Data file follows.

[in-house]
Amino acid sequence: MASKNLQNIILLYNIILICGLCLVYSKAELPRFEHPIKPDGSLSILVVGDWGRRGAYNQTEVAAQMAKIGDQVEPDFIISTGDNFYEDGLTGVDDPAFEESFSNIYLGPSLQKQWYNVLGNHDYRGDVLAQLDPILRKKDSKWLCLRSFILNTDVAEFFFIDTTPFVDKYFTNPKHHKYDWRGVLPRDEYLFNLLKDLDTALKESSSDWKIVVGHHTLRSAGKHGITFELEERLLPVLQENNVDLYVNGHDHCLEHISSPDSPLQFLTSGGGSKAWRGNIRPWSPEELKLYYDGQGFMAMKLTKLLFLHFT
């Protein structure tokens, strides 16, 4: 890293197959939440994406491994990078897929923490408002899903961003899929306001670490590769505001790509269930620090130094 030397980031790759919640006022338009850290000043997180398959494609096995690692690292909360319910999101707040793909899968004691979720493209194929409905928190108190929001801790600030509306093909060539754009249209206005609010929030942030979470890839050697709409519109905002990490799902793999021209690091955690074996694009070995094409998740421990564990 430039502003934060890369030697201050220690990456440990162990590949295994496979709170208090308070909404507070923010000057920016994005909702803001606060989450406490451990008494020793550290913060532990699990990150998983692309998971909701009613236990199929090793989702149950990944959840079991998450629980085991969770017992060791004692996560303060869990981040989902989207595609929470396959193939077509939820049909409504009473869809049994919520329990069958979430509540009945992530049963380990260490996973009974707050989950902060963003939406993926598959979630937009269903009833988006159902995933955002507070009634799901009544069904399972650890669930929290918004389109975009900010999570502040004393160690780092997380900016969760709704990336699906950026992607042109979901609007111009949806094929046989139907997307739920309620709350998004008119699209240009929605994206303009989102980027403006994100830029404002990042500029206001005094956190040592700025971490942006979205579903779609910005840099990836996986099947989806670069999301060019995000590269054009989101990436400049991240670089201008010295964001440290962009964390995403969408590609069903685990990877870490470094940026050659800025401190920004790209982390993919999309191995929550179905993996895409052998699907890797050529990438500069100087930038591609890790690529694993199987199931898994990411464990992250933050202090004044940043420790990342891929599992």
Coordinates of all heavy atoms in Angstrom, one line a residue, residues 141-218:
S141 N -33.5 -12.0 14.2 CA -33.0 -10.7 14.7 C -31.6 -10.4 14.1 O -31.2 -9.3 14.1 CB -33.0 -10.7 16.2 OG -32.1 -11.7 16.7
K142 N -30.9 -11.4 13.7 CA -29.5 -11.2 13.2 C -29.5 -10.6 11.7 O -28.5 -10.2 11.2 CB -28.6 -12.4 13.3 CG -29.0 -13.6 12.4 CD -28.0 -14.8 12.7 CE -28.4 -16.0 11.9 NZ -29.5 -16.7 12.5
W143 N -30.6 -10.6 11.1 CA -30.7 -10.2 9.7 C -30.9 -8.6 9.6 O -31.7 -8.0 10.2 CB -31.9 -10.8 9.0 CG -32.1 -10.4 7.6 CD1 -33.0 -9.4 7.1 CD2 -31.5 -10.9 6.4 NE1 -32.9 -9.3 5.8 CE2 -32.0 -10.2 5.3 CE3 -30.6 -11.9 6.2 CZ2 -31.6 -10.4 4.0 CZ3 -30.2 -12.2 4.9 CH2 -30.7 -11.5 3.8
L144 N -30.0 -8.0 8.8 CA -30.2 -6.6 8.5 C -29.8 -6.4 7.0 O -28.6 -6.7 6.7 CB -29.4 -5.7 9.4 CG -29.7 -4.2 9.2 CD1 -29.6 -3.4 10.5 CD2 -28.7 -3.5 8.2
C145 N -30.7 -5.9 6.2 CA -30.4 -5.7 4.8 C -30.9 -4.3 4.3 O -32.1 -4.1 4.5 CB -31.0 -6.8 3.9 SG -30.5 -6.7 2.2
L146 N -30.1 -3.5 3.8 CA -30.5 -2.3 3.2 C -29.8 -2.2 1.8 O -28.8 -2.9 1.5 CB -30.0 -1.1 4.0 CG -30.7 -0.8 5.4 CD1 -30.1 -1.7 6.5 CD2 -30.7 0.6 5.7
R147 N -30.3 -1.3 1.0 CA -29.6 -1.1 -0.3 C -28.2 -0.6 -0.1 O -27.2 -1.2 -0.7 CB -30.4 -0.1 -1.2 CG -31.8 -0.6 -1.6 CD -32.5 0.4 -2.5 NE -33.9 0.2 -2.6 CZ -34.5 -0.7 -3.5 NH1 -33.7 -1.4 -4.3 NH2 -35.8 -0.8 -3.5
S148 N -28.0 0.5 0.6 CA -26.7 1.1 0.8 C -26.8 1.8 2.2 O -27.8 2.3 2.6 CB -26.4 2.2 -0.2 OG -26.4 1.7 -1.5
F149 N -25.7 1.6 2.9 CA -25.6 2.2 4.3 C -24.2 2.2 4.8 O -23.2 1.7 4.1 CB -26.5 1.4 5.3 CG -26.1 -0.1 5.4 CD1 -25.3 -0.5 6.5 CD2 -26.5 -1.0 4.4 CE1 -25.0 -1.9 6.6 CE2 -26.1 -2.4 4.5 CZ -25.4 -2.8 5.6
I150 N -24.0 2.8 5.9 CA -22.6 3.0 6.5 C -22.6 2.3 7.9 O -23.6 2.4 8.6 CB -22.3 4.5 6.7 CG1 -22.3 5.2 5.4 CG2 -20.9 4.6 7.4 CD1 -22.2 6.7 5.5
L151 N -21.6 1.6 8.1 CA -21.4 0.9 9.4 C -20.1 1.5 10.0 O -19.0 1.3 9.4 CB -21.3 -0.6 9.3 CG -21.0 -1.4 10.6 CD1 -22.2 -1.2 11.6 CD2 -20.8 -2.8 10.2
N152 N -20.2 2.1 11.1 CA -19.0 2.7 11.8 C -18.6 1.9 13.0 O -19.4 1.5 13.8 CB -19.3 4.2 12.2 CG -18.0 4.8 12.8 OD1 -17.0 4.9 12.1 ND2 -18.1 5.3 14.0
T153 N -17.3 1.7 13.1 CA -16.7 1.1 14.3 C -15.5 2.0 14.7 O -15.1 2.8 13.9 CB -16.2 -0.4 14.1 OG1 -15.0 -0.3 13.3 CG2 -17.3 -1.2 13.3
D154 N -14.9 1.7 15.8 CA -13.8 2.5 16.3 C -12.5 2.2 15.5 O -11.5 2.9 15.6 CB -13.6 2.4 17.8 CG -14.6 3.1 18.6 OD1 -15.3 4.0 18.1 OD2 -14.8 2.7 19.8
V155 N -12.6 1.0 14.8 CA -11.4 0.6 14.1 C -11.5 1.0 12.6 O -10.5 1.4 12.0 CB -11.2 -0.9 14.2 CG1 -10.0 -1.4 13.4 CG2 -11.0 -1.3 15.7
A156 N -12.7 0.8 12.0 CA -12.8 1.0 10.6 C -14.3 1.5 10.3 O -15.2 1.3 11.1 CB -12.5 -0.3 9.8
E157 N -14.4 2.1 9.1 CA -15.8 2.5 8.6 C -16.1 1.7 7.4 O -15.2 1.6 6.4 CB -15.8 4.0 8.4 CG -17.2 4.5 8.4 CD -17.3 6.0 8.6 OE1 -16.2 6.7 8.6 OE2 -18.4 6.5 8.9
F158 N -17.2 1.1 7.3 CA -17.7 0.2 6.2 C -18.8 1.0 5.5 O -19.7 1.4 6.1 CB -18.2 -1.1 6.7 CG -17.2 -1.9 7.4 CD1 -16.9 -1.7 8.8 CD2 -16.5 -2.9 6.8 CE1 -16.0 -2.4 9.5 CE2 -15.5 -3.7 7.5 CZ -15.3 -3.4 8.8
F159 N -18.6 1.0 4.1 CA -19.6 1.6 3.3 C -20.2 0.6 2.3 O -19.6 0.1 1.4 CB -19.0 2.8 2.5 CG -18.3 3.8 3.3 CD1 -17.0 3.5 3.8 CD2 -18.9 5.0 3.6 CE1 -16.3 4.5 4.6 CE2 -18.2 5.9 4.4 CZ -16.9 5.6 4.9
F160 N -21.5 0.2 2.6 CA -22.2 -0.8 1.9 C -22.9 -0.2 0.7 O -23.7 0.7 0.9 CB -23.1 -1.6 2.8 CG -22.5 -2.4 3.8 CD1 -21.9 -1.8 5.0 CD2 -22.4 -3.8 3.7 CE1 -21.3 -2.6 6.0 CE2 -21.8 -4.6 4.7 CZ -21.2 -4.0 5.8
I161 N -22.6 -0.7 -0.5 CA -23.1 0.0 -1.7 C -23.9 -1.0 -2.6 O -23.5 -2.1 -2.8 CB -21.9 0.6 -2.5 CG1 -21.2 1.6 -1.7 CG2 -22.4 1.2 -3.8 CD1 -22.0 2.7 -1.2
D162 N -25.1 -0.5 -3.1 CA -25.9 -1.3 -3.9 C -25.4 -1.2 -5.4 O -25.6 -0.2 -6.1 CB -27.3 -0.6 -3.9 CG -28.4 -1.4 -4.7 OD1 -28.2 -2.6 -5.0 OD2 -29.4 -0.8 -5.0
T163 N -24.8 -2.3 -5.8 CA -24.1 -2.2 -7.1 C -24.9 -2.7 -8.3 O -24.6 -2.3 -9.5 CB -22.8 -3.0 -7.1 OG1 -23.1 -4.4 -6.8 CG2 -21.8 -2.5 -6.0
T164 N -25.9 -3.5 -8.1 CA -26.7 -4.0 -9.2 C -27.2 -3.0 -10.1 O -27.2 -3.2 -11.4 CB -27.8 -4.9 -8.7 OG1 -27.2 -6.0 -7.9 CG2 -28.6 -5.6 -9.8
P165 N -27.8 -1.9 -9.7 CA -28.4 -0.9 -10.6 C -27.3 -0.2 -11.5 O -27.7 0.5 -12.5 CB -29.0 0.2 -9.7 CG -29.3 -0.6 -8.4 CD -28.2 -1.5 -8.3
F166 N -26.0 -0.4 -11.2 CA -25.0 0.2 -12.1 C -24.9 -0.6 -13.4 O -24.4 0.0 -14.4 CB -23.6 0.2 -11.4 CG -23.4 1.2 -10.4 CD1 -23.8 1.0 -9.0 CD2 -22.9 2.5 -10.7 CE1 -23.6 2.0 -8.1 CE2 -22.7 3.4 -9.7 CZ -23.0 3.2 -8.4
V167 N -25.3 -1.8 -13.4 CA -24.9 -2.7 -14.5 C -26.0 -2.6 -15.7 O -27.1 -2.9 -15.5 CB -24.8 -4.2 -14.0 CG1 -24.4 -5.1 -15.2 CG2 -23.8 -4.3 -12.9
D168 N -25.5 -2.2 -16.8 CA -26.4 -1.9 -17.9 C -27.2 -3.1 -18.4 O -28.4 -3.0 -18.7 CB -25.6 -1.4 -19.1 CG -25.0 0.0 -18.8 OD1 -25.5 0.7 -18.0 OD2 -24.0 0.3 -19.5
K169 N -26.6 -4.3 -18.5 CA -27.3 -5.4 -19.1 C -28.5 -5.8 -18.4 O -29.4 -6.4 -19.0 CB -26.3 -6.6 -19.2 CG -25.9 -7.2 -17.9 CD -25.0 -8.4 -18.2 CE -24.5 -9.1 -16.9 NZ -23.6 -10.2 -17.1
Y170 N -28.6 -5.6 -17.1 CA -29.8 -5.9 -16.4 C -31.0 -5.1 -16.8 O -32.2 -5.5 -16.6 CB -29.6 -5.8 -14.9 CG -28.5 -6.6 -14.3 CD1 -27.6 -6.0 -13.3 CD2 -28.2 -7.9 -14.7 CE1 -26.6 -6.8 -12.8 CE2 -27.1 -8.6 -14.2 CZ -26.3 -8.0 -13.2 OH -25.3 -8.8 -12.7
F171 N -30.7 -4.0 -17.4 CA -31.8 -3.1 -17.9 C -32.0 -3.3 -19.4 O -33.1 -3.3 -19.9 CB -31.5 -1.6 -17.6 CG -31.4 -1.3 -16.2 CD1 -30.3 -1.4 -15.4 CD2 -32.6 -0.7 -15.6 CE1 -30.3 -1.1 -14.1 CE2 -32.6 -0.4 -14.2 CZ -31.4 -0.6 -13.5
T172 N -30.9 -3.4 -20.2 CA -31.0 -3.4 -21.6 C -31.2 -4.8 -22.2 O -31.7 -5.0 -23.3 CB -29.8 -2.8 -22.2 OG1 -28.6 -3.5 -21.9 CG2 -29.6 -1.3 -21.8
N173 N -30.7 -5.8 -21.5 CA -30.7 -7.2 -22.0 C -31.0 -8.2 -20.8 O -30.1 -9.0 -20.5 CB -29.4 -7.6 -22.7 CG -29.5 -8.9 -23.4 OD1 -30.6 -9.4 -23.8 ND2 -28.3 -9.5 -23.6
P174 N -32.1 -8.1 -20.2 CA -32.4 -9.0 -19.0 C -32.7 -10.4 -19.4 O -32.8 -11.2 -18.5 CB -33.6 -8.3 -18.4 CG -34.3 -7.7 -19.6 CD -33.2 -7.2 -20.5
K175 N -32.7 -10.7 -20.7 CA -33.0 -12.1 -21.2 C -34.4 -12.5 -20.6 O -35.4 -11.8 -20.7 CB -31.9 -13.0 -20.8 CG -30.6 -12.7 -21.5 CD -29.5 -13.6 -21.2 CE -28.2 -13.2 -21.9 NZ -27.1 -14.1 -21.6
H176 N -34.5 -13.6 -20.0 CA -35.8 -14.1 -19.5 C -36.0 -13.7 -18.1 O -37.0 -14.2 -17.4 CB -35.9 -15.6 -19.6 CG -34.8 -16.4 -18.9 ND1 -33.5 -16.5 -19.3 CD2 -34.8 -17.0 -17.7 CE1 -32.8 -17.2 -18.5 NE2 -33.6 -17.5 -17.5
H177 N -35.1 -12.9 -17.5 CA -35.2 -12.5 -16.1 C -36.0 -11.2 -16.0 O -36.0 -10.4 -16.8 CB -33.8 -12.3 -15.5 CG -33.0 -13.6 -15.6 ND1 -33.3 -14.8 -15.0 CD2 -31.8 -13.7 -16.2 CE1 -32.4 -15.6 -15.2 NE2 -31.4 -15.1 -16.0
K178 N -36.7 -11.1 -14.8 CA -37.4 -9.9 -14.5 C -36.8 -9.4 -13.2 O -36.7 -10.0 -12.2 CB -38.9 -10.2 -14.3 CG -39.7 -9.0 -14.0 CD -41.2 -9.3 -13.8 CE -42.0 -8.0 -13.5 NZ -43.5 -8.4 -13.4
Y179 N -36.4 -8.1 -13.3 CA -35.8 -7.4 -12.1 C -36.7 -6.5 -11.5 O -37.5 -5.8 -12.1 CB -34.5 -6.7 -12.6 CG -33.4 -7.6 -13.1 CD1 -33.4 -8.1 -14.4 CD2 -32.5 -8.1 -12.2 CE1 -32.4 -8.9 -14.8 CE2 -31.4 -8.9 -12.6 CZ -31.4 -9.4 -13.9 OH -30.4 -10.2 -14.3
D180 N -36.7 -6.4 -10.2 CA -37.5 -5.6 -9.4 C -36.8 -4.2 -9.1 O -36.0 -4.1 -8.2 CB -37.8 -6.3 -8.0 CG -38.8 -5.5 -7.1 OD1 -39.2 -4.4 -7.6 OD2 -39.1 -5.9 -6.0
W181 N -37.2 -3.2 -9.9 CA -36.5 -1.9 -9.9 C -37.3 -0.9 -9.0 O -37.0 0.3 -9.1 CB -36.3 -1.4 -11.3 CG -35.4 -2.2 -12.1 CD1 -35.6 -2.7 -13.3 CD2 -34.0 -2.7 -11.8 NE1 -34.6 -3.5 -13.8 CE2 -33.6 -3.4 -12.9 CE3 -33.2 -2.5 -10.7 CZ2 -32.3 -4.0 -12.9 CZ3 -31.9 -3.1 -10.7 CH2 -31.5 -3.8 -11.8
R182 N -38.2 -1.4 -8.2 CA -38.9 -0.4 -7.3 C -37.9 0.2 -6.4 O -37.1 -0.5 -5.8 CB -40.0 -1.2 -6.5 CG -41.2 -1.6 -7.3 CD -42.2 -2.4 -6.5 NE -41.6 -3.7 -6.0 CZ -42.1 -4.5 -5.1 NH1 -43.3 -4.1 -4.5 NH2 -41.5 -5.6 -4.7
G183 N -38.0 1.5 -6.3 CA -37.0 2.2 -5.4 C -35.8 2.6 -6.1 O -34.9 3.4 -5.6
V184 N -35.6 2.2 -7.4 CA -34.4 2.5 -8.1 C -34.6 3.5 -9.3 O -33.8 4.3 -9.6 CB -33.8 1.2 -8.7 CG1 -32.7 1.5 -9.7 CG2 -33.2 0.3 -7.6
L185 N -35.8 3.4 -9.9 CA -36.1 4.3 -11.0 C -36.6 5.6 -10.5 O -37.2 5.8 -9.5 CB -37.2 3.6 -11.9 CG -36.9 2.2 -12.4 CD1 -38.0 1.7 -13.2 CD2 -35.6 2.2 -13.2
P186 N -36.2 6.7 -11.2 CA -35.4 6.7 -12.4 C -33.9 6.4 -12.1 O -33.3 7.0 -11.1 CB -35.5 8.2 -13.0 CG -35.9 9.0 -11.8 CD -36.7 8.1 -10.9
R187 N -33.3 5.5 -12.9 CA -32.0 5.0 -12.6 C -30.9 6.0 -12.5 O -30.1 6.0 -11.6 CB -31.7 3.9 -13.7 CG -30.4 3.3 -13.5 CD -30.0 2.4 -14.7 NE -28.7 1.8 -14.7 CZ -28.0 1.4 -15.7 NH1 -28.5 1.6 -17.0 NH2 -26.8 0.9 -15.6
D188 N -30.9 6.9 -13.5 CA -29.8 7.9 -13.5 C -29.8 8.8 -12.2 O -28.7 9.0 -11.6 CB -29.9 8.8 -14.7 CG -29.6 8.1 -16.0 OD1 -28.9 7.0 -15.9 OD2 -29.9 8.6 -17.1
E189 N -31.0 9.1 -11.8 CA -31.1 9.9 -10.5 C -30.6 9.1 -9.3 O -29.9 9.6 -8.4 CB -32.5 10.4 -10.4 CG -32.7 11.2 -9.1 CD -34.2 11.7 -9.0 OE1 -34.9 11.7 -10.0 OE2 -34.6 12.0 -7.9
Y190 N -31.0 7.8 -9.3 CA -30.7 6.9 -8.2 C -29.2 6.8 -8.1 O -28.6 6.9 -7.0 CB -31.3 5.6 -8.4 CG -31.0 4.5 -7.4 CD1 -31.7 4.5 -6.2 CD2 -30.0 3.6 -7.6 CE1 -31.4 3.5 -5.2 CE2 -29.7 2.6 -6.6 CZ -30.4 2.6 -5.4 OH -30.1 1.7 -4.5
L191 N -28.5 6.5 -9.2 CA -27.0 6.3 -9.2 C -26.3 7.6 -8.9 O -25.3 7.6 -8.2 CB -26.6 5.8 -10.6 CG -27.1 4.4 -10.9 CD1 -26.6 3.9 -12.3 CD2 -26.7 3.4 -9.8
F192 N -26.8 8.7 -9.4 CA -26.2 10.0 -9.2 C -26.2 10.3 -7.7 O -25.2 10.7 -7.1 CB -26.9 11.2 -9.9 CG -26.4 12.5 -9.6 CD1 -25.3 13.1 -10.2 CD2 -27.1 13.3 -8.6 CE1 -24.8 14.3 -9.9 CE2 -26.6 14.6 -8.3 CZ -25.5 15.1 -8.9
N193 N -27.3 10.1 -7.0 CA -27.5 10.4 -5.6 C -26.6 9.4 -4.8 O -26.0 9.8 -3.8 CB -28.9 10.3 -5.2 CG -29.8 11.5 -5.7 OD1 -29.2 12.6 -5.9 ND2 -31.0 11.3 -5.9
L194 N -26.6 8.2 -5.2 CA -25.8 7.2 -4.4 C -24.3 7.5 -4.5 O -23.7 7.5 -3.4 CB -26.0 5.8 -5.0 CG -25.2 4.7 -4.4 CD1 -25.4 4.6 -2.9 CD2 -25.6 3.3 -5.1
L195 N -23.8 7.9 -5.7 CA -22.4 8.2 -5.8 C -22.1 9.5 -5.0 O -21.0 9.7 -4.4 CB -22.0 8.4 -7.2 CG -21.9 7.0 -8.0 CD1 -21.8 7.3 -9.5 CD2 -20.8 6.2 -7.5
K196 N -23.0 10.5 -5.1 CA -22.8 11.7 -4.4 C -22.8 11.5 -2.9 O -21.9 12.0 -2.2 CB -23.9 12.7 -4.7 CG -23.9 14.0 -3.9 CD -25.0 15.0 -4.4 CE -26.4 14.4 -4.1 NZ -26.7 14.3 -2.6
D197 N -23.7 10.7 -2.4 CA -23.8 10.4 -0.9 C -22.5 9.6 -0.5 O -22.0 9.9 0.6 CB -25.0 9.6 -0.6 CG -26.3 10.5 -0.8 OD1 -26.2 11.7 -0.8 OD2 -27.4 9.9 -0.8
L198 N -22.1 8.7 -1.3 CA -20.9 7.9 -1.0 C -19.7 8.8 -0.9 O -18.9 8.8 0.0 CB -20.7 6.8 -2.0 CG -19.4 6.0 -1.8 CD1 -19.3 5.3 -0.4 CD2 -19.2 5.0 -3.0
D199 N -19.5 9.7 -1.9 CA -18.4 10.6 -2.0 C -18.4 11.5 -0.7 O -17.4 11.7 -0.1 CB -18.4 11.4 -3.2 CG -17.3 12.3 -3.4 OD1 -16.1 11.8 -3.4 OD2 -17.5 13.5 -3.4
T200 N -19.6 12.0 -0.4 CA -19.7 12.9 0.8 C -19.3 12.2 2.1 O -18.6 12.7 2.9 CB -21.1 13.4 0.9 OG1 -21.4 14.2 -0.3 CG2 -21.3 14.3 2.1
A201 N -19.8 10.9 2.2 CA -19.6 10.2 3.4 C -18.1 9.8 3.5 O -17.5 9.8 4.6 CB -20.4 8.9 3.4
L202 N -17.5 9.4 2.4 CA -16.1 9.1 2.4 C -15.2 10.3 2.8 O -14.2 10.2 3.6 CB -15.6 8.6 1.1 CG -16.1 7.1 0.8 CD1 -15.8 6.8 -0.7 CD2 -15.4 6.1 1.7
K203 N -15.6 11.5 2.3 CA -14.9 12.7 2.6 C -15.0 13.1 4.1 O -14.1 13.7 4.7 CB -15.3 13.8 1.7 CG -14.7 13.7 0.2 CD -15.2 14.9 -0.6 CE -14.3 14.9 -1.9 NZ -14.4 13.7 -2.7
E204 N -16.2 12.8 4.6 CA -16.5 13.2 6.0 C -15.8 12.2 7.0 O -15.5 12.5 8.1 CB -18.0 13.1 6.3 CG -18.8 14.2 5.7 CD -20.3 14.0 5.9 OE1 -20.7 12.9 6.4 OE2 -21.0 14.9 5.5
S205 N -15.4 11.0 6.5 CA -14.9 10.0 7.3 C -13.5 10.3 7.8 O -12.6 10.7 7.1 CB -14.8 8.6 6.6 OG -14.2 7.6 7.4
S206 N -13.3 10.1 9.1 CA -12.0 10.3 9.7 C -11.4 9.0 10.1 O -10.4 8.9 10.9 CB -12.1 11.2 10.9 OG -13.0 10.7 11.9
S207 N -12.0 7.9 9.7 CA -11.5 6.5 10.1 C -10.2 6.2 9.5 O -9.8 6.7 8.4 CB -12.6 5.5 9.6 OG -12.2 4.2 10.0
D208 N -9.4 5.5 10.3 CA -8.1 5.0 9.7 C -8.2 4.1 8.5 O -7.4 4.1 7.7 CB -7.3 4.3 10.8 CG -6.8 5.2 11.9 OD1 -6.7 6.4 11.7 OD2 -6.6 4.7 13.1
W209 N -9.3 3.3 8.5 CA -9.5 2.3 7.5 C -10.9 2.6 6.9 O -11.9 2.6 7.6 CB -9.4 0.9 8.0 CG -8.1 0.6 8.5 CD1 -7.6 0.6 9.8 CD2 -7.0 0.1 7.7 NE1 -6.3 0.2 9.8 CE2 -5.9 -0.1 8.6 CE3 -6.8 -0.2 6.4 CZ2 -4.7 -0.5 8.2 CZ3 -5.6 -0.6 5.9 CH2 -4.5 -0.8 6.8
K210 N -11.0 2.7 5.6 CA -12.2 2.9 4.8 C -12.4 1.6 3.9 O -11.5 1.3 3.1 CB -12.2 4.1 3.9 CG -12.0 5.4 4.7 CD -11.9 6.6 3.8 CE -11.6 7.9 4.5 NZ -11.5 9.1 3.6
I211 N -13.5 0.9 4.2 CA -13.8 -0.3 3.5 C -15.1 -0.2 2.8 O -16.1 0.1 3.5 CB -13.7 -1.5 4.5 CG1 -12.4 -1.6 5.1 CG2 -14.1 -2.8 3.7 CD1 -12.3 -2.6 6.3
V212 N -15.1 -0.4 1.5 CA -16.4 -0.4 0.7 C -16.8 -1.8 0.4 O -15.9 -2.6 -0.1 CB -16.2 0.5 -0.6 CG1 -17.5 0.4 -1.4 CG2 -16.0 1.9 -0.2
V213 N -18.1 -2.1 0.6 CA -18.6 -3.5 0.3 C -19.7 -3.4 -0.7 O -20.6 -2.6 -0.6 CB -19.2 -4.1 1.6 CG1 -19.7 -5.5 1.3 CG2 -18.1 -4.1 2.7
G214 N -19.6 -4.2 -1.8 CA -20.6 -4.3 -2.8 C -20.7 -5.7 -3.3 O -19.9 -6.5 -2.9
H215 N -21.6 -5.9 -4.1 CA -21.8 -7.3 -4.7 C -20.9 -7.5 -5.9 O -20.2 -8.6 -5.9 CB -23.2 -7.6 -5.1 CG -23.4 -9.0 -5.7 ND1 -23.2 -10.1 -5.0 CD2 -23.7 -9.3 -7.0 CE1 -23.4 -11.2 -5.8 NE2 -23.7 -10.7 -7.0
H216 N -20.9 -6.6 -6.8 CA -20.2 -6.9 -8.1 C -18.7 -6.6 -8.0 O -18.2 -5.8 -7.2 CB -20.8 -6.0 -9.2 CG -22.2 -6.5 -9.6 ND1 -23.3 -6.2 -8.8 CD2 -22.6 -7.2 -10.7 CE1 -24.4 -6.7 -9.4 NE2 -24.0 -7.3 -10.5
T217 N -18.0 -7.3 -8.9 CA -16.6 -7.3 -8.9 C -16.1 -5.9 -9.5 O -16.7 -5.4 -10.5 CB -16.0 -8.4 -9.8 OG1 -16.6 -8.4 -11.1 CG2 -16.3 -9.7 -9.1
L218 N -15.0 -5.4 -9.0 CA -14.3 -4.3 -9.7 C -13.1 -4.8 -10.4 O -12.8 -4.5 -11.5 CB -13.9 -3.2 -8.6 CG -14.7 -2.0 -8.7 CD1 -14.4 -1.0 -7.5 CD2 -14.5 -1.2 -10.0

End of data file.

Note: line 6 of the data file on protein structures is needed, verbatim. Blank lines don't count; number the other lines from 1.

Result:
K142 N -30.9 -11.4 13.7 CA -29.5 -11.2 13.2 C -29.5 -10.6 11.7 O -28.5 -10.2 11.2 CB -28.6 -12.4 13.3 CG -29.0 -13.6 12.4 CD -28.0 -14.8 12.7 CE -28.4 -16.0 11.9 NZ -29.5 -16.7 12.5